Collection Overview

In 2017, the WHC received a large donation of drawings from the former Salem architectural firm Payne Settecase Smith/Architects, and subsequent iterations of the firm.  The collection includes nearly 1200 original drawings and plans created by the firm, and some collected by the firm during renovation projects.  While the bulk of the collection includes materials from the 1950s-1970s, there are some plans dating back to the early 20th Century.

Significance

The architectural plans in this collection represent the work of a firm who changed the look of Salem and the wider Willamette Valley during the post World War II era, one of the largest building booms in American history. The plans of Payne, Settlecase, and Smith (as well as a few other iterations of the firm) also represent the changes in architecture during the 1950-1970s. Influenced by the modern art movement, architecture during this time diverged significantly from traditional architectural styles. One of the best examples of this in Salem is the Salem Civic Center. Built in the brutalist style, the Payne, Settlecase, and Smith firm pushed the boundaries of acceptable public architecture.

Firm founder, James L. Payne, served with the Seabees, officially known as the Naval Construction Battalion, during WWII and historian Francesca Russello Ammon, suggests that Payne and his fellow Seabees made a huge impact on the American understanding of progress in the architectural landscape.  Seabees like Payne, using the skills they learned in clearance and construction during the war, inspired several decades of unprecedented development upon both the urban and rural American landscape. *

Payne was elected as President of the Oregon Council of American Institute of Architects in 1965, and his firm contributed to a historical pattern of change in architecture that can be seen reflected throughout the architecture of the region today. This style is currently out of vogue, and as a result many of these buildings are in special danger of demolition.

The firm also participated in a number of renovation and adaptive reuse projects on older buildings.  The collection contains older sets of drawings for buildings utilized during rennovation.  In some cases, like that of the Sacred Heart School and Convent, the building no longer exists.  The plans provide a weath of information related to the history of Salem’s past.

As well as maintaining the history of the buildings themselves, the plans showcase the history of architecture as a professional field. They contain handwritten notes, drawings, and other hand-drafted work that are not a part of modern practice, which relies so heavily today on CAD and other computer assisted techniques.  Some of these drawings are works of art.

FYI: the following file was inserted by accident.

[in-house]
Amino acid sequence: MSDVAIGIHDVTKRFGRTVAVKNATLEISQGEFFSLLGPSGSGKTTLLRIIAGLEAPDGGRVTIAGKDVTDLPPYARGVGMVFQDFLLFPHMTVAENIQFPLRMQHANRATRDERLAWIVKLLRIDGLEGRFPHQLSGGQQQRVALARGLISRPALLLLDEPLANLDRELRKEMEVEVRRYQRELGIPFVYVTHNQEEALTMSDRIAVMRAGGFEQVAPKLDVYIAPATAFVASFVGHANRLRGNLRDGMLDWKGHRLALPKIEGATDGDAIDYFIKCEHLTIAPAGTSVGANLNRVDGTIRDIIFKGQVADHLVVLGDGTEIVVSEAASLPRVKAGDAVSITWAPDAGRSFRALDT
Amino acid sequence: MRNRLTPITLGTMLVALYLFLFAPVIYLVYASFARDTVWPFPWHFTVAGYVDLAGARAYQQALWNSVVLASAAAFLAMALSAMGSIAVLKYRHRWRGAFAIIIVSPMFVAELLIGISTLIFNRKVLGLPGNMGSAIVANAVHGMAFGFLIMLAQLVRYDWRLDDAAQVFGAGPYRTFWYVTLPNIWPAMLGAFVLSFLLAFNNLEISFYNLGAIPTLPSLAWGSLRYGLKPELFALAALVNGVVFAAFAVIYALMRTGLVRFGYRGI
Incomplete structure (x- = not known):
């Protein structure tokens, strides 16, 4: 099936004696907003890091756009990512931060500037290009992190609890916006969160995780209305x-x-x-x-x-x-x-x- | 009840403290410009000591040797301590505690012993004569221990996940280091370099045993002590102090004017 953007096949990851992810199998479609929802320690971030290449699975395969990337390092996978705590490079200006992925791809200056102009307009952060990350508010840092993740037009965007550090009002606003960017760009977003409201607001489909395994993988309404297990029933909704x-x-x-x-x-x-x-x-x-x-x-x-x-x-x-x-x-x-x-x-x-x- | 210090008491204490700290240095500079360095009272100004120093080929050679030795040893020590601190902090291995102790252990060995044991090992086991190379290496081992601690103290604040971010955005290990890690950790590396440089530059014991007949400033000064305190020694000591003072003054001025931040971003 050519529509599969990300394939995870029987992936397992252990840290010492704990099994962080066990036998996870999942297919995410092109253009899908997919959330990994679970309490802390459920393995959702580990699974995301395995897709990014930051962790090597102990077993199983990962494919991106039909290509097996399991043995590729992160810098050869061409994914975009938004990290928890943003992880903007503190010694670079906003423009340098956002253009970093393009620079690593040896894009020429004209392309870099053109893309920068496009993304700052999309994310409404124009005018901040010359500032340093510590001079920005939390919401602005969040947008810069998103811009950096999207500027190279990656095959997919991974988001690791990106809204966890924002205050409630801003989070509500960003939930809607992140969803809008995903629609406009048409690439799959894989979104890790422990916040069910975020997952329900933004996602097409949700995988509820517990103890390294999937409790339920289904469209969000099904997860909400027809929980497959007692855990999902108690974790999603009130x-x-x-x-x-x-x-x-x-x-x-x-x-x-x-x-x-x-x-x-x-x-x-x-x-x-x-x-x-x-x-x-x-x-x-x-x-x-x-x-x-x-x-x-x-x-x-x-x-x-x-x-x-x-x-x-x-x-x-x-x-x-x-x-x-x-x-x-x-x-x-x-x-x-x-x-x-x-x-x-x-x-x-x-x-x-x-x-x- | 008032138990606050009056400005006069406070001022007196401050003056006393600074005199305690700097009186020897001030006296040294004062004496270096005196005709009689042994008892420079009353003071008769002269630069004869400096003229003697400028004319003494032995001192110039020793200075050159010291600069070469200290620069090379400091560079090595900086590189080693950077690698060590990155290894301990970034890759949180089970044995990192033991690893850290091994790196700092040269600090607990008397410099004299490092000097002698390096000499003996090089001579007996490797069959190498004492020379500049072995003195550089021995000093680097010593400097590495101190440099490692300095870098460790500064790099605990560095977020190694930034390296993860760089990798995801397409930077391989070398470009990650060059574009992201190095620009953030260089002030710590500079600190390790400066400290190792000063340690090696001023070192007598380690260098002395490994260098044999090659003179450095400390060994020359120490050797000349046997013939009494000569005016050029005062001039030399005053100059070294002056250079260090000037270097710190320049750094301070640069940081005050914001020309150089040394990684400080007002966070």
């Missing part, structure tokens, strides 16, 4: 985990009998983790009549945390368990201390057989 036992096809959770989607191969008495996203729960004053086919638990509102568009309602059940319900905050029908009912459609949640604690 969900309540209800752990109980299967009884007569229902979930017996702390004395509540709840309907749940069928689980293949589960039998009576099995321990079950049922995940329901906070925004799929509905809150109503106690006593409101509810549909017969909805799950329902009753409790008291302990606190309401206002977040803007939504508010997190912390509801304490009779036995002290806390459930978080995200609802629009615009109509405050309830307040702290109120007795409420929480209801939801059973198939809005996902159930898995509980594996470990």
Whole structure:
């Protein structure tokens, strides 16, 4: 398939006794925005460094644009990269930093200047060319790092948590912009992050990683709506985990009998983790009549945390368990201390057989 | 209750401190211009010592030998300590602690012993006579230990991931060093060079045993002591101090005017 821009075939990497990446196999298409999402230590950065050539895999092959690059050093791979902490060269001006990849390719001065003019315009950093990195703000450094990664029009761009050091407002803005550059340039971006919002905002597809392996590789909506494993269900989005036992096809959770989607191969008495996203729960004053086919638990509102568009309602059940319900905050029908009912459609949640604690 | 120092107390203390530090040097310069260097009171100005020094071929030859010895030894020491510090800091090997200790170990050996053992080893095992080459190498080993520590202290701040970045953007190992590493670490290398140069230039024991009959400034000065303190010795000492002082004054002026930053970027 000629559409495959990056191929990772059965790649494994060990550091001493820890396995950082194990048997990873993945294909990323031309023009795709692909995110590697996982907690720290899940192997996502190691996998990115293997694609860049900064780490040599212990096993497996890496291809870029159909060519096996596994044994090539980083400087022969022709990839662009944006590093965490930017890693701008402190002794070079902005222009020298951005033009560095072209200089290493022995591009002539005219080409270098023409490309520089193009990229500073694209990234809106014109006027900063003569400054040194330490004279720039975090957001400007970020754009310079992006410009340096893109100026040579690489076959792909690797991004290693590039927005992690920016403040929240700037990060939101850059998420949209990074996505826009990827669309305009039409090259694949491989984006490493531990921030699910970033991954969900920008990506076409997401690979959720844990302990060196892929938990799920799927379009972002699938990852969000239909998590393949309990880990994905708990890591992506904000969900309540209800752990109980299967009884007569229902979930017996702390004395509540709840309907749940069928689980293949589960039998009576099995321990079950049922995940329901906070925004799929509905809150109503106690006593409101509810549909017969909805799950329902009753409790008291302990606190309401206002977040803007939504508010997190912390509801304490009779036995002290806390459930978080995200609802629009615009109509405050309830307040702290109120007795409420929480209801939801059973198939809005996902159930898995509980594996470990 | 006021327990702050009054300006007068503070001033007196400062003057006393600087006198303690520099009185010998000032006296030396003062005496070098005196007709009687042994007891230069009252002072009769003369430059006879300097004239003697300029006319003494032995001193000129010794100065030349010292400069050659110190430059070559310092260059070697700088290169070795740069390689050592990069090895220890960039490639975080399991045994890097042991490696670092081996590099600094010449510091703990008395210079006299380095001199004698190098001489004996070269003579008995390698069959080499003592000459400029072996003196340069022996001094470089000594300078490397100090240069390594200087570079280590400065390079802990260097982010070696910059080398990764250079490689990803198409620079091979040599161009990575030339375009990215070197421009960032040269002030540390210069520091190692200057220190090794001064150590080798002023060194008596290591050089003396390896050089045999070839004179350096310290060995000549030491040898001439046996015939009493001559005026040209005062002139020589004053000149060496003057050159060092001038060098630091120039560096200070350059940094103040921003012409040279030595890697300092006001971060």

* Francesca Russello Ammon, Bulldozer: Demolition and Clearance of the Postwar Landscape (New Haven: Yale University Press, 2016).

Selected Drawings

Architects

James L. Payne, 1958. Photo Source: Willamette Heritage Center, Statesman Journal Collection, 2017.032 Mug Shot Files.

James L. Payne

1911-2001

Born in Ft. Smith, Arkansas on February 10, 1911.  He was educated at the University of Arkansas and the University of Oklahoma.  He was commissioned into the United States Navy in 1943, and served with the Civil Engineers Unit of the Navy’s Seabees.  After the war he and his family relocated to Salem.  He was awarded an Oregon Architects license by reciprocity in 1948.  After working as an associate with Salem Architect L.P. Bartholomew, he opened up his own firm in November of 1948, with offices at 182 S. Church Street.

He was awarded a Distinguished Service Award in 2000 by the Salem Area Chamber of Commerce for his work in community.

Sources:

Obituary.  Statesman Journal. 30 May 2001, pg 21

Magee, Margaret. “Serving Uncle Sam.” Capital Journal. 13 Dec 1945,pg 8.

“Architect to Open Office.” Oregon Statesman. 7 Nov 1948, pg 14

See also article in Architects of Oregon: A Biographical Dictionary of Architects Deceased – 19th and 20th Centuries. Richard Ellison Ritz, editor. Portland, Oregon: Lair Hill Publishing, 2002.

Phillip K. Settecase, 1964. Photo Source: Willamette Heritage Center, Statesman Journal Collection 2017.032 Mugshot files

Phillip K. Settecase

1930-2008

Born in Riverside, Illinois on 29 October 1930, Settecase moved to Sherwood, Oregon with his family when he was 10 years old.  Settecase attended the University of Oregon and graduated with a B.A. in Architecture.  After a stint in the United State Air Force, he and his family relocated to Salem in 1956.  Soon after he began working with James L. Payne, becoming an associate in 1962 and a full fledged partner in 1964.